4. 2 points
    The premise of a council merger is that the standard council organizational structure and "business lines" (types of activities and programs conducted by councils) are all necessary. It is just that for whatever reason (declining membership, declining revenue, declining donations, debt), the structure and business lines have become financially unsustainable in one or more of the merging councils. Through the merger, the organizational structure and business lines will be preserved, but economies of scale and cutting specific excess or burdensome elements within business lines (such as an assistant registrar, a low-attendance golf tournament, or a camp that perpetually operates in the red) and other adjustments within the existing structure (number and size of districts and professional staff needed for them, for example) will result in financial stability for the merged council. Overall, the merged council looks pretty much the same as its predecessors, it is just geographically bigger and names have changed. What doesn't happen is a re-thinking of the whole idea of a council, what we need it for, what we don't need it for, what it should be doing, and what it shouldn't be doing. Many of the ideas we have been discussing would fundamentally change the organizational structure of a council (and its districts) and how it does business. But there is no incentive in the councils, areas, regions, and national office to venture into the unknown if they believe that fundamental council organizational structures and business lines ain't broke, and they can they can remedy financial problems with just enough tinkering.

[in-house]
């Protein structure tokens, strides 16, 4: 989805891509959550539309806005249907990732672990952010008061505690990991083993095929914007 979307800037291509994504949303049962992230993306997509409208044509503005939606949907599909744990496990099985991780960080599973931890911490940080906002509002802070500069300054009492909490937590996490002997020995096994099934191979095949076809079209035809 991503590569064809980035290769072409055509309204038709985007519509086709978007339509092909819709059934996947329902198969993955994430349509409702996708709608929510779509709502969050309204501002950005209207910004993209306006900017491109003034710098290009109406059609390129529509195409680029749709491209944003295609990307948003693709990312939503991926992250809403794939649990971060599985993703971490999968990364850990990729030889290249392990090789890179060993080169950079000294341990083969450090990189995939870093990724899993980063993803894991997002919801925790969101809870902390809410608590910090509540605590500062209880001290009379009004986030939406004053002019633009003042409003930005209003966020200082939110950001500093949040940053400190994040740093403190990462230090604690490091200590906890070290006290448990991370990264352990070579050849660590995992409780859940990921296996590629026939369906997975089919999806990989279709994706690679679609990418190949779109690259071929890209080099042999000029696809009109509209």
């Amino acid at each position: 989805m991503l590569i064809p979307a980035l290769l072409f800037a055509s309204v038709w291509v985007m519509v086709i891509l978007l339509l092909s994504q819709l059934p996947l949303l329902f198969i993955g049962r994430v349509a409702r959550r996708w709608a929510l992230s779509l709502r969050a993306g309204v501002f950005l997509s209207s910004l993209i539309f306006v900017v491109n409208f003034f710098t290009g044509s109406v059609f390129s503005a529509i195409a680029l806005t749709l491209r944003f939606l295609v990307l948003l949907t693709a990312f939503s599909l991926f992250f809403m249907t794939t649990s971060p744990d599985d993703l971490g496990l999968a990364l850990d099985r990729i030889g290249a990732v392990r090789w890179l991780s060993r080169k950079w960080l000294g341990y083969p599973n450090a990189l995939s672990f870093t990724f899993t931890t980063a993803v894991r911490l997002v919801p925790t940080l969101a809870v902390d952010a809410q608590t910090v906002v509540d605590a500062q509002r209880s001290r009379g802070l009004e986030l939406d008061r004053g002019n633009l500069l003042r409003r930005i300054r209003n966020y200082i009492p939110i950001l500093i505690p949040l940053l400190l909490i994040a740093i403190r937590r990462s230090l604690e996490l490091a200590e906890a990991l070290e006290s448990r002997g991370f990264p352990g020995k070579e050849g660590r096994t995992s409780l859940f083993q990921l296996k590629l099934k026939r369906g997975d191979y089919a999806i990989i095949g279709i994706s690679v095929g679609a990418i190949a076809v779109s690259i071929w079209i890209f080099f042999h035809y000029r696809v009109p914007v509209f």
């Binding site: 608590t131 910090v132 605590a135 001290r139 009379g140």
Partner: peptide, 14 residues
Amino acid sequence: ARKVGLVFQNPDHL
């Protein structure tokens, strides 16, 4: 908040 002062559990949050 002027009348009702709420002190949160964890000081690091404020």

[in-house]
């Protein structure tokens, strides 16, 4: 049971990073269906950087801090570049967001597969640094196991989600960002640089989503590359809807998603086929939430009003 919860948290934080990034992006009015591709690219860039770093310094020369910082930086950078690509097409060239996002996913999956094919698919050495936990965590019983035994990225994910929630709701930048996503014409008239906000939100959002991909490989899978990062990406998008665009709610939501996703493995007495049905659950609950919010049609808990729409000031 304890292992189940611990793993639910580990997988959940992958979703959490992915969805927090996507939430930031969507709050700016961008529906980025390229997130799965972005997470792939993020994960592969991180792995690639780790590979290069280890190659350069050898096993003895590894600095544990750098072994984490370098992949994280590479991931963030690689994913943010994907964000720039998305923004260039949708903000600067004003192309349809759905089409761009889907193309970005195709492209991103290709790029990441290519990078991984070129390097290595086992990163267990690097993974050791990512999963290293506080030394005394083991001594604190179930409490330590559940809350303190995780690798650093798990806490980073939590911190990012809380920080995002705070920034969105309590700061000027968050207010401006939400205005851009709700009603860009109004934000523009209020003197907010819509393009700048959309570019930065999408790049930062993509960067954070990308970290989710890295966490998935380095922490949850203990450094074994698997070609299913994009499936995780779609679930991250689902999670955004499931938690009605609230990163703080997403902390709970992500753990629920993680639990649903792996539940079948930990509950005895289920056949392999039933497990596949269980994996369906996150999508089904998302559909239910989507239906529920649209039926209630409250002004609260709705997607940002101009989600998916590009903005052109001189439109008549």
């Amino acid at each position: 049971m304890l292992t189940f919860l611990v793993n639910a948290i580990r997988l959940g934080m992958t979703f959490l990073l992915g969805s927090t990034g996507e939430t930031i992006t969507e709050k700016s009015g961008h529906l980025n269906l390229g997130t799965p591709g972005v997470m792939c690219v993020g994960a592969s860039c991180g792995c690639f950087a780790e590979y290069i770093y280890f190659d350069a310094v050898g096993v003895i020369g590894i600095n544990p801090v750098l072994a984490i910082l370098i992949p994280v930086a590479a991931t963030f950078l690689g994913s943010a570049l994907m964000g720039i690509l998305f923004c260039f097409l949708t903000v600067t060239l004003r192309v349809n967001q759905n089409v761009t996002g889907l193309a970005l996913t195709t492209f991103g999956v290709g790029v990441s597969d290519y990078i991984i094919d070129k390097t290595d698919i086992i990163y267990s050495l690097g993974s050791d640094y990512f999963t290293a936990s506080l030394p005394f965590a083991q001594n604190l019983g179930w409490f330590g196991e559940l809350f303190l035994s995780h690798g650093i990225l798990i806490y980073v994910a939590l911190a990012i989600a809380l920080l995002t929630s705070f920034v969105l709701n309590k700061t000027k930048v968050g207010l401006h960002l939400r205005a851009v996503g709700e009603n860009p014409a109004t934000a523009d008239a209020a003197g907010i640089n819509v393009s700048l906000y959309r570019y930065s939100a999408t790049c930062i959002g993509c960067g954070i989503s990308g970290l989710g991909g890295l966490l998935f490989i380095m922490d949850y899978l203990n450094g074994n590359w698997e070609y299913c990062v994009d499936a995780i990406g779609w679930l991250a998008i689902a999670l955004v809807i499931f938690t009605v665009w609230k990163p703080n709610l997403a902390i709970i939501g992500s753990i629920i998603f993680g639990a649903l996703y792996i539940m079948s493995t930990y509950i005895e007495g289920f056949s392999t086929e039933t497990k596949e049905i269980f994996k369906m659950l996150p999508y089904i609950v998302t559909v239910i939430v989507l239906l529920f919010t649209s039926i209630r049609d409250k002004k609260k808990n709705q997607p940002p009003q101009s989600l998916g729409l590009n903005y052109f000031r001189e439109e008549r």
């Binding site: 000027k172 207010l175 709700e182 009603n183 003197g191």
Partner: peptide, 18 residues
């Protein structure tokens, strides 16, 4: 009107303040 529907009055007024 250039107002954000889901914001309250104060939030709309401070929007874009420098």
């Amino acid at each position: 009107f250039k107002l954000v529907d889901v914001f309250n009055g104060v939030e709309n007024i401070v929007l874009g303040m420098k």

5. 2 points
    I have been a part of a council merger that had strengths and weaknesses in both councils. My old one had a strong central council while the one merging had strong districts but weak central council. The merger was rough for some but I think it really came out well for everyone involved in the long run. The leadership of both councils wanted to get a single vision for the new council and all move towards a common goal. They had brain storming meetings within every district that was open to everyone. I attended one in a different district and was amazed how well everyone was looking for the future. Everything was done in the open and information was easily available. If we start seeing councils merge this trait needs to be there. Information and feedback accepted and given. Make everyone part of the process, don't just do it behind closed doors. You will get a strong focused and directed towards a common goal will help councils thrive.